It is even more obvious when you examine the culture of a site such as dailyKos, where the "enemy" is the "Repuglican" party and they are the personification of evil. This, of course, makes the Democrats into the guys in white hats and the possessors of all virtue. And, if you really want to understand the mentality, just post a comment at dailyKos using the words "green" or "Nader" in a positive manner.

That view does not match with the 14% approval rating of the current Democratic Party controlled congress. Most of the public does not live on the internet. Those that do are probably doing something else than being political activists.

Still, here is where I find both the failures and the promise of the Green Party. I say failures, because we have become an aging party that does not reach out to the young voters, those millenials that Kid Oakland is trying to organize for the Democrats. I say promise, because, if Kid Oakland is correct, many of those same individuals are motivated by the issues rather than by party loyalty and are bound to suffer disillusionment when those issues are not dealt with by a corporation dominated Centrist appearing Democratic party.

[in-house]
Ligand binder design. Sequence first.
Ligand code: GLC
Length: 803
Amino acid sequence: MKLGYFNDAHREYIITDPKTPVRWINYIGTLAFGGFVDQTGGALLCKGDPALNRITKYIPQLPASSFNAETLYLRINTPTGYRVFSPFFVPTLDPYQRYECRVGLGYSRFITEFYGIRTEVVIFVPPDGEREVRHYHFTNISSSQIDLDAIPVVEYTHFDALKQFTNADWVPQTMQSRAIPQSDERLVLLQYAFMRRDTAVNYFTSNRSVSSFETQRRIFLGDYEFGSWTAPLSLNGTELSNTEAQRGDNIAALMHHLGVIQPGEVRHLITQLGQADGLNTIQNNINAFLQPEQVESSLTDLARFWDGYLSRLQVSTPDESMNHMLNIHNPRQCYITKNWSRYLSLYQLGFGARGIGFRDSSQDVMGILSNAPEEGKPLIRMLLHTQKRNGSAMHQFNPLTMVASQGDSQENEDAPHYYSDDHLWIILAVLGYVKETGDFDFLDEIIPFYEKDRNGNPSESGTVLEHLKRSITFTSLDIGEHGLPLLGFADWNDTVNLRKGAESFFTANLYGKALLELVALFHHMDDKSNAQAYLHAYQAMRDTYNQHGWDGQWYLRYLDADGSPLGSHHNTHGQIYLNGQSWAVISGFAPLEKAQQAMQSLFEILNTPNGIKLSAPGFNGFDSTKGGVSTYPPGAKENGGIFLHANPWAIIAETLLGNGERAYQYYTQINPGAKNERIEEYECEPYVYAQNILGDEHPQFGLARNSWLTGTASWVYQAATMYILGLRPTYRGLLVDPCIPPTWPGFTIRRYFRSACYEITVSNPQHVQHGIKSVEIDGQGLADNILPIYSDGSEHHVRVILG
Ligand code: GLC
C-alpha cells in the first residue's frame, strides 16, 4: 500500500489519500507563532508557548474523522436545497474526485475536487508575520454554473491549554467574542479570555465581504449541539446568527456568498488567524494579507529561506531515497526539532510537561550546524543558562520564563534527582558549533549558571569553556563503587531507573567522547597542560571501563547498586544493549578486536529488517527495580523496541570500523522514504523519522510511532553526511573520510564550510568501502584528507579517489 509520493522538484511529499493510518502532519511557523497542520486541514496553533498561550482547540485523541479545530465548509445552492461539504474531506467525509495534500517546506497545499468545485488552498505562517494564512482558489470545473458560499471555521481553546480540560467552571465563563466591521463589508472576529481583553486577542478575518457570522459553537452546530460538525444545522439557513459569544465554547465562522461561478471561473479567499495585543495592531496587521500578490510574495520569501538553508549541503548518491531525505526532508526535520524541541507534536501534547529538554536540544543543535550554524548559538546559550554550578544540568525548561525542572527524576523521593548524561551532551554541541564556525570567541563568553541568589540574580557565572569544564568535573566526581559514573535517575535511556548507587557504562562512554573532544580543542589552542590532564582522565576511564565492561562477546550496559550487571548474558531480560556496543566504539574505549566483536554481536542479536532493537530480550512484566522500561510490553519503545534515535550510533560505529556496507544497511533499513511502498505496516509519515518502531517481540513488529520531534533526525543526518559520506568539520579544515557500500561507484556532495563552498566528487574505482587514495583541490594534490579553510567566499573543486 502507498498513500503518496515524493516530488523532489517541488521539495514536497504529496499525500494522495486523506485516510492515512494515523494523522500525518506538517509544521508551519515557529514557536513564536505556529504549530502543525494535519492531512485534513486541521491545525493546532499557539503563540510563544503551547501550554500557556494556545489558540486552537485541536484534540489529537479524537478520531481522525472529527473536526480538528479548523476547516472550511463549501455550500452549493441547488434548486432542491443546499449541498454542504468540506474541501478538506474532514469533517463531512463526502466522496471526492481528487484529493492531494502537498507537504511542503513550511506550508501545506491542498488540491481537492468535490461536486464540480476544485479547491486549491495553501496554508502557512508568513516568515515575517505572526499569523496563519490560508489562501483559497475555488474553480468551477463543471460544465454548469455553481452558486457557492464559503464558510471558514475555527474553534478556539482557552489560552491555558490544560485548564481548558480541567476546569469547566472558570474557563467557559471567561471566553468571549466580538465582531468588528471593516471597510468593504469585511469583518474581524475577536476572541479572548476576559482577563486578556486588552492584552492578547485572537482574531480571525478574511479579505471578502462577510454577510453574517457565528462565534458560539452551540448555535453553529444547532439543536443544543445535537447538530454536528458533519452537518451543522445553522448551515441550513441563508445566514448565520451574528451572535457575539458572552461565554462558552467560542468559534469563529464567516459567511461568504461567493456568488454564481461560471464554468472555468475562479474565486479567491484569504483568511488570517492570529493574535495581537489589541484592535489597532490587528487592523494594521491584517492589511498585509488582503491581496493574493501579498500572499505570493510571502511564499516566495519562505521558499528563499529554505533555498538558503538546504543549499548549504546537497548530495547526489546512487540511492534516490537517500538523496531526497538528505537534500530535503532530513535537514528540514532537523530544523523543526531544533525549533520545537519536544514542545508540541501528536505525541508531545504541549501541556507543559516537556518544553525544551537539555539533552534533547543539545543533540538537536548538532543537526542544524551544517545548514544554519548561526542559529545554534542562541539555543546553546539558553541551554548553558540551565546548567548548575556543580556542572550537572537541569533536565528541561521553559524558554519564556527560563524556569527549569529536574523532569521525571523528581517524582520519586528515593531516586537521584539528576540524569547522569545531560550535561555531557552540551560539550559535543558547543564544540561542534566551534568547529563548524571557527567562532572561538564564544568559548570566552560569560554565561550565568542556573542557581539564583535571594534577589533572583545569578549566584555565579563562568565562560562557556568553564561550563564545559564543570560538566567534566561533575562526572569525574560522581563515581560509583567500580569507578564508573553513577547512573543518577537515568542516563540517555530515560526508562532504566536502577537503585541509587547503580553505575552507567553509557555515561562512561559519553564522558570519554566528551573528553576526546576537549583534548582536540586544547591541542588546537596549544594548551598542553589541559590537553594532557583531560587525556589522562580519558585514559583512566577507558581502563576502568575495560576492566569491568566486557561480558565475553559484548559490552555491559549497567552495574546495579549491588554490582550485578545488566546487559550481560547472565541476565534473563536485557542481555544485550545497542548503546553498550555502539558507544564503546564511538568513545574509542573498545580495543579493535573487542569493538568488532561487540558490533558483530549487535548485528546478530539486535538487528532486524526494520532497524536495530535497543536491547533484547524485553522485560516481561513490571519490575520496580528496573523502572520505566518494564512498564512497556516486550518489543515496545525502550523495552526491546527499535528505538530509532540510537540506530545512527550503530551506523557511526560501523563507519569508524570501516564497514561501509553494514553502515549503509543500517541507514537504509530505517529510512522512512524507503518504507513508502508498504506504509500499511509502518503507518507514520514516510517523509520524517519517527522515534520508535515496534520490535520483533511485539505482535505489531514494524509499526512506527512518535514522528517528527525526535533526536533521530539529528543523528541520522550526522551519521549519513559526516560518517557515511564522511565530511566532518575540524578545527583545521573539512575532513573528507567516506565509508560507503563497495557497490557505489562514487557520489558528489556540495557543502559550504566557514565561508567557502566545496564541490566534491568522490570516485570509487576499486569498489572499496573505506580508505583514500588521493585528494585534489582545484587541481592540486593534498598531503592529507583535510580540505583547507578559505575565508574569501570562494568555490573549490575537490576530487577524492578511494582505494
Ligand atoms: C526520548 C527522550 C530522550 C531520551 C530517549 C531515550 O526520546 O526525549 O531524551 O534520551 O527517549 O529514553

The choices are ours, but we had better "get jiggy with it." If the GPCA is going to be successful, we need to do all of the following.
  • An aging party must pull in an increasing number of young activists. It is not enough to rely on Campus Greens to do the for us nor to rely on college student to self-organize. No union ever came into existence without someone taking the steps to ensure that organizational effort happens.
  • The best thing for Greens would be for the Democratic Party Primary system to deadlock over Clinton and Obama. The negative campaigning will sour many and a strong positive Green campaign would look attractive. We need to be prepared for that eventuality.
  • We need to carry forward the message that the Democrats are failing the public and the number of places where this can be done are legion. You could start with the Farm Bill, bought and paid for by Big Ag just as surely as Health Care Reform will be bought and paid for by Big Pharma.
Grassroots organization is essentially a networked structure. It consists of many small groups working together. The internet media are the best hope for those groups causing major changes. We had better start learning how to live in these times and those new spaces.

Kid Oakland concludes that this is all positive for Democrats.
Young people don't just make good arguments for change when we are debating our nation's future; young people are our best argument for change. Young Americans embody, in their activism and ideals, the fact that this nation faces challenges that decades of work on public policy and civil service will be required to address. When millennials get active, their activism is itself is a powerful argument for change and reform. You could say about Democratic politics in 2008 and not be far off the mark: the millennials are the message.
I hope that he is being overly optimistic.